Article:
Does anyone have any objections to such a change of definition?

Ben

> On Fri, Aug 14, 2015 at 7:06 AM, Ben Avison <bavison@riscosopen.org> wrote:
>
>> The previous implementations of DIV and MOD relied upon the built-in / and
>> %
>> operators performing round-to-zero. This is true for C99, but rounding is
>> implementation-defined for C89 when divisor and/or dividend is negative,
>> and
>> I believe Pixman is still supposed to support C89.
>> ---
>>  pixman/pixman-private.h |    8 ++++----
>>  1 files changed, 4 insertions(+), 4 deletions(-)
>>
>> diff --git a/pixman/pixman-private.h b/pixman/pixman-private.h
>> index 73108a0..80506be 100644
>> --- a/pixman/pixman-private.h
>> +++ b/pixman/pixman-private.h
>> @@ -889,12 +889,12 @@ pixman_list_move_to_front (pixman_list_t *list,
>>  #endif
>>
>>  /* Integer division that rounds towards -infinity */
>> -#define DIV(a, b)                                         \
>> -    ((((a) < 0) == ((b) < 0)) ? (a) / (b) :                \
>> -     ((a) - (b) + 1 - (((b) < 0) << 1)) / (b))
>> +#define DIV(a, b) \
>> +    ((a) / (b) - ((a) % (b) != 0 && ((a) % (b) < 0) != ((b) < 0) ? 1 : 0))
>>
>>  /* Modulus that produces the remainder wrt. DIV */
>> -#define MOD(a, b) ((a) < 0 ? ((b) - ((-(a) - 1) % (b))) - 1 : (a) % (b))
>> +#define MOD(a, b) \
>> +    ((a) % (b) + ((a) % (b) != 0 && ((a) % (b) < 0) != ((b) < 0) ? (b) :
>> 0))
>>
>>  #define CLIP(v, low, high) ((v) < (low) ? (low) : ((v) > (high) ? (high)
>> : (v)))
>>
>> --
>> 1.7.5.4
>>
>> _______________________________________________
>> Pixman mailing list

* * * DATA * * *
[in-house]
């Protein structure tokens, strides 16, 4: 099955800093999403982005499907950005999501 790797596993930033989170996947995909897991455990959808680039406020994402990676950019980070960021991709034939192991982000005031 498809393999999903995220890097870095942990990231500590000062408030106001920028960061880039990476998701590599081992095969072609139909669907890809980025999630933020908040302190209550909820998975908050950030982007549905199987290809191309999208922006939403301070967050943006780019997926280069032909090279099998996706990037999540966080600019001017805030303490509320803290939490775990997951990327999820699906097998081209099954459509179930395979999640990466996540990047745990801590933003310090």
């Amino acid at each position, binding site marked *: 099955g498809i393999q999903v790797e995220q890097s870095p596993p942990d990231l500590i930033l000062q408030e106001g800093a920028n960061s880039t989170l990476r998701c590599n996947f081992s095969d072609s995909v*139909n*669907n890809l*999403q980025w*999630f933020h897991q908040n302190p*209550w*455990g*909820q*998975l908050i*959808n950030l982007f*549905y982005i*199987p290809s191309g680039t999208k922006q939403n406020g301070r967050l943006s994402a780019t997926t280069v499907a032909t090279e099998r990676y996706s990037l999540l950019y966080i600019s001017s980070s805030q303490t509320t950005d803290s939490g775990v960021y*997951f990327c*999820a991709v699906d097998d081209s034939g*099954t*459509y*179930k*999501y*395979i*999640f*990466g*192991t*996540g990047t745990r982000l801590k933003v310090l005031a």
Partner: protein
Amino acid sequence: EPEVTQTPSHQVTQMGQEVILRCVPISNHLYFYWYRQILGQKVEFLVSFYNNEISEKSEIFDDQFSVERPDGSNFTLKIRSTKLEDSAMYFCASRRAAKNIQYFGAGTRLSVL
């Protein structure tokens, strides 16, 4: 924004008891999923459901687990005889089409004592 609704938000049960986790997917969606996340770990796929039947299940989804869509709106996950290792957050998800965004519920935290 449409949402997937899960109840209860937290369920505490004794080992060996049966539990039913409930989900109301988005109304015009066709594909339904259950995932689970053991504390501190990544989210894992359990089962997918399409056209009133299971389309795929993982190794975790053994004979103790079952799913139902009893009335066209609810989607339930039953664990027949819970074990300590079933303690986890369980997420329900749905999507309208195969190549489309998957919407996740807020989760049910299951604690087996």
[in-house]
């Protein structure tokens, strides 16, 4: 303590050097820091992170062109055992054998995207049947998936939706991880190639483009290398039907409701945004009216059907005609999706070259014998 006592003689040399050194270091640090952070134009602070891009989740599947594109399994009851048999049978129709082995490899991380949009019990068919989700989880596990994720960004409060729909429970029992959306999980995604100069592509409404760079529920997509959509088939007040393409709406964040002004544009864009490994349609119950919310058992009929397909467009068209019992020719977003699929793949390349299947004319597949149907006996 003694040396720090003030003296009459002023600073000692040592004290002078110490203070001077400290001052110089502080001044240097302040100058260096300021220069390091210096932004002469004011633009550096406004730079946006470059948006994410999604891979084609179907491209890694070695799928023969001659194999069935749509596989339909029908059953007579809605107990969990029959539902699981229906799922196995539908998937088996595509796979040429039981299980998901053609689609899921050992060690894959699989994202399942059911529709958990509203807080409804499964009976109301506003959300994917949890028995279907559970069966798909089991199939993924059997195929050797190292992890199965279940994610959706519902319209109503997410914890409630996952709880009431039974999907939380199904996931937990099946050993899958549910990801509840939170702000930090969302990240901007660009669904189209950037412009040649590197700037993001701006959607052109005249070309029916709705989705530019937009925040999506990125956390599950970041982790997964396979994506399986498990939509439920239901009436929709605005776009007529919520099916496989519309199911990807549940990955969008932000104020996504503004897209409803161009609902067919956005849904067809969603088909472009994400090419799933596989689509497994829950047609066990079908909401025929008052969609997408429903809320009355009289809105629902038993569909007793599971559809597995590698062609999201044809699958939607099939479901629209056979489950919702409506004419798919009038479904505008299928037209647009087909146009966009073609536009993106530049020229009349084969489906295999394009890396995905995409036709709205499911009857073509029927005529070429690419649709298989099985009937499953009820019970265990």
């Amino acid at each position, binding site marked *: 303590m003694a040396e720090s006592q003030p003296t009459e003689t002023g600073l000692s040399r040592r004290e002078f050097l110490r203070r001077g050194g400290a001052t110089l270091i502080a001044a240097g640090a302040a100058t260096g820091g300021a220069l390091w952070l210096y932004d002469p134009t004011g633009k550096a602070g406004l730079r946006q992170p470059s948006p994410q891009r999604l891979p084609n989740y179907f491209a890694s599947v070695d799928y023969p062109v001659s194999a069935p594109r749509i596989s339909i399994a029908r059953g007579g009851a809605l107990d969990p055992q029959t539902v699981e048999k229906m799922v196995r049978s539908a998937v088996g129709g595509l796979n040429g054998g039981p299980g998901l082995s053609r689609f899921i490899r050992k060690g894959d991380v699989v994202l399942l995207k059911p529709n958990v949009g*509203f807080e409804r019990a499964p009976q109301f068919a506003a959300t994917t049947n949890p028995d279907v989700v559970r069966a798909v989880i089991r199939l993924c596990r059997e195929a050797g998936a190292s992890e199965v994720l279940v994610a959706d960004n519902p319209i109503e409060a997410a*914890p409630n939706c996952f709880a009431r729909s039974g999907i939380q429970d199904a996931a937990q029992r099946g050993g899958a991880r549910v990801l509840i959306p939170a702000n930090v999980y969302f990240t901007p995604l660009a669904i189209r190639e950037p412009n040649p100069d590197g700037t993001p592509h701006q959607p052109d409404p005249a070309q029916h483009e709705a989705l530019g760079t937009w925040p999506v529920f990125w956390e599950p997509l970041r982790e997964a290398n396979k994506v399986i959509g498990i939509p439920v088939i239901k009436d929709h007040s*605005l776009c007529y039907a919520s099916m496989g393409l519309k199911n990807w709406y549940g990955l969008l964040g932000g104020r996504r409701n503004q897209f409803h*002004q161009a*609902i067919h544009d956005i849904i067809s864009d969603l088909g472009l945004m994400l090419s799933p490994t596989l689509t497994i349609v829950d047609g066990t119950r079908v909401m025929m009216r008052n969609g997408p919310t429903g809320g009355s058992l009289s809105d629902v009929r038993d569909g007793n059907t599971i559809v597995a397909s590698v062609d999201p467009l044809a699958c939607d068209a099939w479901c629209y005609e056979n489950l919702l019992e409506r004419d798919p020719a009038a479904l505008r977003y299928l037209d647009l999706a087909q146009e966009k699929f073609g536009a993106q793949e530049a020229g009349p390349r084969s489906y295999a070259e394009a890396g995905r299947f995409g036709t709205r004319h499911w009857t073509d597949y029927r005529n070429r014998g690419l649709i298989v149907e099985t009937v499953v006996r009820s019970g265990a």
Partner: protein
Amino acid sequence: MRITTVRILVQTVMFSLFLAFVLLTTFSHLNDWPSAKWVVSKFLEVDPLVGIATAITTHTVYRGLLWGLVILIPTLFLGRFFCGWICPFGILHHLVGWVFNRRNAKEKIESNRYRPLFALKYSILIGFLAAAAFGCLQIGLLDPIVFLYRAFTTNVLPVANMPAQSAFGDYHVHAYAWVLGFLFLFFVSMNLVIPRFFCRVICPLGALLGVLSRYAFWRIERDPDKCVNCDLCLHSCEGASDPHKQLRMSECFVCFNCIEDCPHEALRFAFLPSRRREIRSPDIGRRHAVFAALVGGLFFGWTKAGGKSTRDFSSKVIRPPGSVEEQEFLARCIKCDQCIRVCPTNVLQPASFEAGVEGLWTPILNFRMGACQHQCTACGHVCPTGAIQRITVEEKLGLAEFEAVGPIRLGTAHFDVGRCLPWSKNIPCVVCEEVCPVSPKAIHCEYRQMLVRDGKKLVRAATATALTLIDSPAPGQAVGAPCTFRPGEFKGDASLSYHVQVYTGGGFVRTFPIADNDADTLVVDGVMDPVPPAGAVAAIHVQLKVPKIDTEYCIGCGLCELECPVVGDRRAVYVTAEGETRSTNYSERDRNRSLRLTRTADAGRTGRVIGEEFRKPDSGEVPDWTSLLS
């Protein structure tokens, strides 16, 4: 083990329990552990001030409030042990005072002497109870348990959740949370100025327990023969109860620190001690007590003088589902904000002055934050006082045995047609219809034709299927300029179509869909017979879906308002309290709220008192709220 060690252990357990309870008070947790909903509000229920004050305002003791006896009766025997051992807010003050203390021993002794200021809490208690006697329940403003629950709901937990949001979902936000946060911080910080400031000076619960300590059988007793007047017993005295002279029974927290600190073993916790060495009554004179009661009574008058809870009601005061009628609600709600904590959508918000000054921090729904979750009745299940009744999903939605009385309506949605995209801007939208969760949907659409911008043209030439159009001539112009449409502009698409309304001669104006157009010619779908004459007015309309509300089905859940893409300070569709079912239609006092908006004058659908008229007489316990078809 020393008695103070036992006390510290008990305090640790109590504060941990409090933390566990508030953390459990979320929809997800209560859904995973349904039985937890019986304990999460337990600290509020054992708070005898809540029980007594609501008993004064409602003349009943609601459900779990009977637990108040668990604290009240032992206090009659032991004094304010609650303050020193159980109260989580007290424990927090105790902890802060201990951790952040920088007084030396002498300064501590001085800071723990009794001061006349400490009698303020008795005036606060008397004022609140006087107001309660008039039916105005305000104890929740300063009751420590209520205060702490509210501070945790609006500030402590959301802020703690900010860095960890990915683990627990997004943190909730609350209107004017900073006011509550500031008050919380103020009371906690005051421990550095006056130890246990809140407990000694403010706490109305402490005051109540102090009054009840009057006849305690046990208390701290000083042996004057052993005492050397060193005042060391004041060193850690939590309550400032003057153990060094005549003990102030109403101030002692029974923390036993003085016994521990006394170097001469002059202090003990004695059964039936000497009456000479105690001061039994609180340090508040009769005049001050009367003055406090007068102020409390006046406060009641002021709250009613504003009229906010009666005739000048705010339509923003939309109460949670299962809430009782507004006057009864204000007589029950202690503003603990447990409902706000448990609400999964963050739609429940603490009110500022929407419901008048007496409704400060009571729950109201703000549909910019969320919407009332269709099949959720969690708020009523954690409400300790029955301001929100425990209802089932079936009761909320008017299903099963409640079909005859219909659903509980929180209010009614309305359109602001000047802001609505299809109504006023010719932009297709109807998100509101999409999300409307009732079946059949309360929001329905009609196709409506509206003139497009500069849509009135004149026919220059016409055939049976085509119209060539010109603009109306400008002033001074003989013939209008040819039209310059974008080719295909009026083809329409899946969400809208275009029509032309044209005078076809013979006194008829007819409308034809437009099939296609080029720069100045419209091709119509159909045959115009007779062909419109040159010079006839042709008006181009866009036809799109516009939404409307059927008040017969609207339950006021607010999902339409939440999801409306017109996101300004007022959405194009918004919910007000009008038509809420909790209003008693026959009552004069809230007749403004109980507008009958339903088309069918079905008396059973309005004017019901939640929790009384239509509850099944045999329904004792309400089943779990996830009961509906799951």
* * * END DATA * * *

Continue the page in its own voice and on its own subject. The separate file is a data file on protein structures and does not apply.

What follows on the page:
>> Pixman@lists.freedesktop.org
>> http://lists.freedesktop.org/mailman/listinfo/pixman
```
```On Fri, 14 Aug 2015 15:06:07 +0100
Ben Avison <bavison@riscosopen.org> wrote:

> The previous implementations of DIV and MOD relied upon the built-in / and %
> operators performing round-to-zero. This is true for C99, but rounding is
> implementation-defined for C89 when divisor and/or dividend is negative, and
> I believe Pixman is still supposed to support C89.

Do you have a practical example of an existing C89 compiler, which
differs from C99 when handling '/' and '%' operators?

My understanding is that C compilers just used to emit a single
division instruction as implemented by the target processor. This
provides the best performance, but is not perfectly portable in
theory. But in practice, after decades of evolution, all the
remaining (major) CPU architectures happen to handle integer
division rounding in the same way (round-to-zero). And C99 just
promoted the de-facto standard to the official standard status
(regardless of whatever was the official justification).

Right now pixman also assumes two's complement representation
of negative numbers and is doing right shifts with integer types
(pixman_fixed_t). In theory this all is implementation defined.
In practice, non-two's complement systems are already extinct
and they are even not supported by GCC:
https://gcc.gnu.org/onlinedocs/gcc/Integers-implementation.html

The pixman way of dealing with this stuff is to make sure that all
the assumptions are verified by the test suite. If you are worried
about / and % operators behaviour, then it's best to make sure that
it has proper coverage in the pixman tests and will report an error
if somebody ever tries to build pixman for an unusual system with
an unusual compiler. As an example, we used to assume that powerpc
is always big endian and x86 is always little endian. Now it turned
out that little endian powerpc systems actually exist. This did not
cause any serious troubles for distro maintainers and users because
the test suite was able to catch this problem:
https://bugs.freedesktop.org/show_bug.cgi?id=81229
And it was reasonably easy to workaround (by disabling vmx
optimizations) and then add support for the little endian variant.
Should we start worrying about a hypothetical big endian x86
variant right now? Maybe not yet.

Over years, pixman has evolved into a rather hostile environment
for bugs. And this did not happen magically itself, but is a result
of taking care to adjust the test suite to catch even more bugs
and trying more corner cases. One more example, again powerpc
related. We got a bug report: